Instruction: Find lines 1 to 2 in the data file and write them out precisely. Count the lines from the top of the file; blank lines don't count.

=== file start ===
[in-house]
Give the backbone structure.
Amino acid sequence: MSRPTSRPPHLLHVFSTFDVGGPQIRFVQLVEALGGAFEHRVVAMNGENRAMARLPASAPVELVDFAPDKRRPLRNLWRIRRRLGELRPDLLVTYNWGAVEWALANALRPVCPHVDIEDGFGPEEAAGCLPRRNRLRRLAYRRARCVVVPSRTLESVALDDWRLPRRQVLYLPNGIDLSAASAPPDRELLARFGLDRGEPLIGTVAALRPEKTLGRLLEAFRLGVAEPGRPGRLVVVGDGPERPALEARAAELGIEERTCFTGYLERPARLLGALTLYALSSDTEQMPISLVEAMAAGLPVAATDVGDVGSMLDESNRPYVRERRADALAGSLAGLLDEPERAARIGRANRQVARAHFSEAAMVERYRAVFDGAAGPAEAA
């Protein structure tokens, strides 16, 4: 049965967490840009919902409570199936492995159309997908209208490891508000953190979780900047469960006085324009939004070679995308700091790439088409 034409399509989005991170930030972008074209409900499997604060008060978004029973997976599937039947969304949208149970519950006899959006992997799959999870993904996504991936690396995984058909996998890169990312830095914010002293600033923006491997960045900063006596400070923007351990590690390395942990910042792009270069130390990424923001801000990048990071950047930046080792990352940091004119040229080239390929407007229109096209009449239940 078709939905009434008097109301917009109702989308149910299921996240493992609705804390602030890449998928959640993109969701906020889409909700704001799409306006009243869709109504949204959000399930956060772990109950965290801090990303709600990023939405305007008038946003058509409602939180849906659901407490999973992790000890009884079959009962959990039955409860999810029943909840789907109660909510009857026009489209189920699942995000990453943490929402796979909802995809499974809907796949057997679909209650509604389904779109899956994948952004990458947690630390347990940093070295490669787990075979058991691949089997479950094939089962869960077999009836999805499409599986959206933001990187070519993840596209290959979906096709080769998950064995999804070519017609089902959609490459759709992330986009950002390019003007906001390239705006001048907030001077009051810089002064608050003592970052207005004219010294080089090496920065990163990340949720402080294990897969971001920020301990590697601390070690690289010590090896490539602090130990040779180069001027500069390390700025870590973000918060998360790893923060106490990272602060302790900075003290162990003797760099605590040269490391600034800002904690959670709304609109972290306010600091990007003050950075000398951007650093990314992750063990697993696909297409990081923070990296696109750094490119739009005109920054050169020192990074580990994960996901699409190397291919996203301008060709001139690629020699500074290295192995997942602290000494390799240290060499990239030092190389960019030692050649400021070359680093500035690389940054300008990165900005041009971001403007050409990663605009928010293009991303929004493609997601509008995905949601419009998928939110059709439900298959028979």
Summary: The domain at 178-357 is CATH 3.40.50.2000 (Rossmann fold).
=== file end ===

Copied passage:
[in-house]
Give the backbone structure.